The risks and rewards of allowing mining in Kenya’s national parks

Elephants at the Tsavo East National Park in Taita Taveta. 

Photo credit: File | Nation Media Group

National parks and protected areas are known for their stunning landscapes, irreplaceable biodiversity and their role as major tourism drivers.

But these sanctuaries are increasingly becoming battlegrounds as mining and oil exploration companies, along with artisanal miners, push for access to resources hidden beneath the surface.

Kenya, with its world-famous wildlife reserves, is no exception to this global trend. While proponents argue for the potential economic benefits and empowerment of local residents, conservationists vehemently oppose the plans, citing severe environmental risks. This controversy mirrors similar struggles faced in other African nations grappling with the complex choices of balancing mining ambitions with protecting natural capital.

Governments around the world face a difficult balancing act. The potential economic benefits of mining are undeniable. However, the potential environmental damage can be catastrophic.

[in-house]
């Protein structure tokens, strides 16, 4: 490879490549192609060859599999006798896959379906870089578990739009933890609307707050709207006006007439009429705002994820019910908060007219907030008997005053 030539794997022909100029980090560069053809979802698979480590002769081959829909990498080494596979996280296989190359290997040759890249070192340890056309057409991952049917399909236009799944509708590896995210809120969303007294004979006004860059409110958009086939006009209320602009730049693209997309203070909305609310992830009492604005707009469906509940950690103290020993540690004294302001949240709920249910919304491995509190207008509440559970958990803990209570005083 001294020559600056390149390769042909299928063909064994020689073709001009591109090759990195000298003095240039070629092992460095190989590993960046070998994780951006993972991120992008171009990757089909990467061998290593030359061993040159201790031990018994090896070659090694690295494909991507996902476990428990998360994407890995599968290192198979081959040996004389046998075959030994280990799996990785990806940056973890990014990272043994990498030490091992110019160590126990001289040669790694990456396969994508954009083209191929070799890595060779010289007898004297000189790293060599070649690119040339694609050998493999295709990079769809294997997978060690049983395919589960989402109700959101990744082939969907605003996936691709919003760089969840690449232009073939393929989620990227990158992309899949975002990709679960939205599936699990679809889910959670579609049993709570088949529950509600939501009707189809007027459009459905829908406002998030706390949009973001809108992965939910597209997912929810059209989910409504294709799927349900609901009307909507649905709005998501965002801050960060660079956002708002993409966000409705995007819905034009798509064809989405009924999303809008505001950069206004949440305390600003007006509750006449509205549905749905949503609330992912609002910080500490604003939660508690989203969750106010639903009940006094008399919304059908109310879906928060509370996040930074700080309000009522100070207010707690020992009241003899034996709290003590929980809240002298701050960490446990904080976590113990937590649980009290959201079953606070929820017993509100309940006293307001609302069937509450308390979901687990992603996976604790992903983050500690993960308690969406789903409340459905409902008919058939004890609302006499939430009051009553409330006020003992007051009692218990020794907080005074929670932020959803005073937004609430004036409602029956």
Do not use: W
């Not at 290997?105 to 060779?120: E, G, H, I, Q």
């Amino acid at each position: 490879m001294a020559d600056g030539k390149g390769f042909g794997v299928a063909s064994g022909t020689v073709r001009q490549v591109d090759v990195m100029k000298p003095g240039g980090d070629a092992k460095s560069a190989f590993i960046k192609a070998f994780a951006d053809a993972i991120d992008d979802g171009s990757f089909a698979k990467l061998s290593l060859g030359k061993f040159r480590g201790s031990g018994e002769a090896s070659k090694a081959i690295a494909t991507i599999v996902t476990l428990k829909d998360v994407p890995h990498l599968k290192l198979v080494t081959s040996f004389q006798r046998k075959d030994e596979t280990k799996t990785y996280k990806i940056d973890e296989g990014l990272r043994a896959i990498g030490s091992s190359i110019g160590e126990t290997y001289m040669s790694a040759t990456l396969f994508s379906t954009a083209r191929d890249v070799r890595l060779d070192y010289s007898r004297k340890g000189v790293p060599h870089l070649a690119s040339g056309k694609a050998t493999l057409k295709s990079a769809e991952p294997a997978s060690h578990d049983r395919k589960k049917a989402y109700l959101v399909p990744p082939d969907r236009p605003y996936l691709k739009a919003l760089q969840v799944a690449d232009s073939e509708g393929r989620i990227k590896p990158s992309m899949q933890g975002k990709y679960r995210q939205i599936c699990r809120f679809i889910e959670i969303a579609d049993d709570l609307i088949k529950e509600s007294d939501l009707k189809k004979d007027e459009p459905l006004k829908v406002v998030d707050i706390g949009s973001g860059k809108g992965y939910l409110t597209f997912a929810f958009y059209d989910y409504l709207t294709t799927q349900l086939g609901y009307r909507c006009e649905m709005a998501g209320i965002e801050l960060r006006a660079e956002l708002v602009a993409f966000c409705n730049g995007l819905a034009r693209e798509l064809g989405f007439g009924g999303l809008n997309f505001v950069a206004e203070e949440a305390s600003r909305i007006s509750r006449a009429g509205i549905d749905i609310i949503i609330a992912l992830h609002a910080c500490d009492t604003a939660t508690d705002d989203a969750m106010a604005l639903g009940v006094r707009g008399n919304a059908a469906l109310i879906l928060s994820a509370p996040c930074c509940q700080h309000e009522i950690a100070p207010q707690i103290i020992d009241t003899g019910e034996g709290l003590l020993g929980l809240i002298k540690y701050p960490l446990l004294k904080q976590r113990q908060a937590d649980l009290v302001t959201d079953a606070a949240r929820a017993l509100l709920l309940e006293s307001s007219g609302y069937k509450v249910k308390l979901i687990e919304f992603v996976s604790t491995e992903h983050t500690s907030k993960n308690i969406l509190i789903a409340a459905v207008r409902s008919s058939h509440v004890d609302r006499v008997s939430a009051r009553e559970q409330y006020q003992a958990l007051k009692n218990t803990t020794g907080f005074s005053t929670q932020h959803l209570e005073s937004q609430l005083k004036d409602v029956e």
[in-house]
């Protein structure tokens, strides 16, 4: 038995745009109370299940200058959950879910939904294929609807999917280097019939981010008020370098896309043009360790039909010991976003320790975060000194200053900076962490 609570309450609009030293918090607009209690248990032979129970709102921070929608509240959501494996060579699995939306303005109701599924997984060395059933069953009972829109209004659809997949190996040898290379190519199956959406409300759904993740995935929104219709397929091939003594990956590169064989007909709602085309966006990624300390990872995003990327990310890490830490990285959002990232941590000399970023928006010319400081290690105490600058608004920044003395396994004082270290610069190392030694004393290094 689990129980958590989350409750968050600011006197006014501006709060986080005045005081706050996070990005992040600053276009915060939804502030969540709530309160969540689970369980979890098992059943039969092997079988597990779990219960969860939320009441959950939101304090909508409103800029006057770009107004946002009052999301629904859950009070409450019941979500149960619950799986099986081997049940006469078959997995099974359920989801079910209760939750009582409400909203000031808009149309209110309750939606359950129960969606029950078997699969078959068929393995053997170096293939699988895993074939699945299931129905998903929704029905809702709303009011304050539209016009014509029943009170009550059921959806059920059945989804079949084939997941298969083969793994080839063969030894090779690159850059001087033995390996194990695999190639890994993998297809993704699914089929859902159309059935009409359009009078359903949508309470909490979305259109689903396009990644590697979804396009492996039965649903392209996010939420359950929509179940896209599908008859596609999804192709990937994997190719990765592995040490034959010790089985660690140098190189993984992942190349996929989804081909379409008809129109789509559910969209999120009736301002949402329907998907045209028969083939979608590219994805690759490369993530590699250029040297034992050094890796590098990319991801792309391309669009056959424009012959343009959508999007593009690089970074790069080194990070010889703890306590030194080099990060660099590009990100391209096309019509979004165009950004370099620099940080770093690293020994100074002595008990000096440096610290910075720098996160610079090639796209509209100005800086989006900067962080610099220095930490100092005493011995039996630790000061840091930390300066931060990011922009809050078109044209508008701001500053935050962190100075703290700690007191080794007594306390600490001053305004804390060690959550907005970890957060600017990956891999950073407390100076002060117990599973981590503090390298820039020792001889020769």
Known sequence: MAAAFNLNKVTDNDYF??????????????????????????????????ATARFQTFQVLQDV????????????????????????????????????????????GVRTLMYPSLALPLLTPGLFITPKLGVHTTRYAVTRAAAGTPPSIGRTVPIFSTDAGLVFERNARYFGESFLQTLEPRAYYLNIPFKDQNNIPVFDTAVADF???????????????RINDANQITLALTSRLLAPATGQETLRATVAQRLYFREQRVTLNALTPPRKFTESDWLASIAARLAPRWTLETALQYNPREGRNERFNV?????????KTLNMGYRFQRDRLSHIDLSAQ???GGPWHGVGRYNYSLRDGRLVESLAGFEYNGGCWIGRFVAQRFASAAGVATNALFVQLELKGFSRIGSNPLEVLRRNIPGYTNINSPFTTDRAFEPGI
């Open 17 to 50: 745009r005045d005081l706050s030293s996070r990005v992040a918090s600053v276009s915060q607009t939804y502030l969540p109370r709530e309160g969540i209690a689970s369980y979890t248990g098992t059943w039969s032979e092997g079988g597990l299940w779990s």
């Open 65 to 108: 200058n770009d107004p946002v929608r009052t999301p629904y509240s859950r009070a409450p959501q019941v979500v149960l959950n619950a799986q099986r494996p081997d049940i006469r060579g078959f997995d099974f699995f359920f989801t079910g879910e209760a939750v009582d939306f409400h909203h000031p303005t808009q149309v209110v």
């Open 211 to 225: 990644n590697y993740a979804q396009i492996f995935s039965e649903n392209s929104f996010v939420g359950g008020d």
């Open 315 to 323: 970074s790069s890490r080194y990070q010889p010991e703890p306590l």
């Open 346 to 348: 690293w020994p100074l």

National parks are vital for preserving endangered species, maintaining healthy ecosystems, and attracting tourism revenue – all of which can be jeopardised by mining activities.

In Zambia, mining companies point to the potential for job creation and revenue from copper extraction, even within sensitive areas like the Lower Zambezi National Park. Similarly, Zimbabwe looks to potential oil and gas reserves within protected zones like Mana Pools National Park, hoping to boost its economy.

For developing countries like Kenya, these promises can be particularly tempting, offering a potential path toward economic growth and improved livelihoods. In as much as large-scale mining projects grab headlines, we mustn't overlook the plight of artisanal miners. Driven by poverty and a lack of alternative opportunities, they always seek a means of survival. In Zimbabwe and the Democratic Republic of Congo, desperation leads them to protected areas such as the Mana Pools National Park or the Okapi Wildlife Reserve in search of gold.

There are also examples of African countries that have frustrated the idea of allowing mining activities in parks such as the recent case in Ghana where an application to mine in Kakum National Park was outrightly rejected without processing or consideration. This should not be the path for Kenya.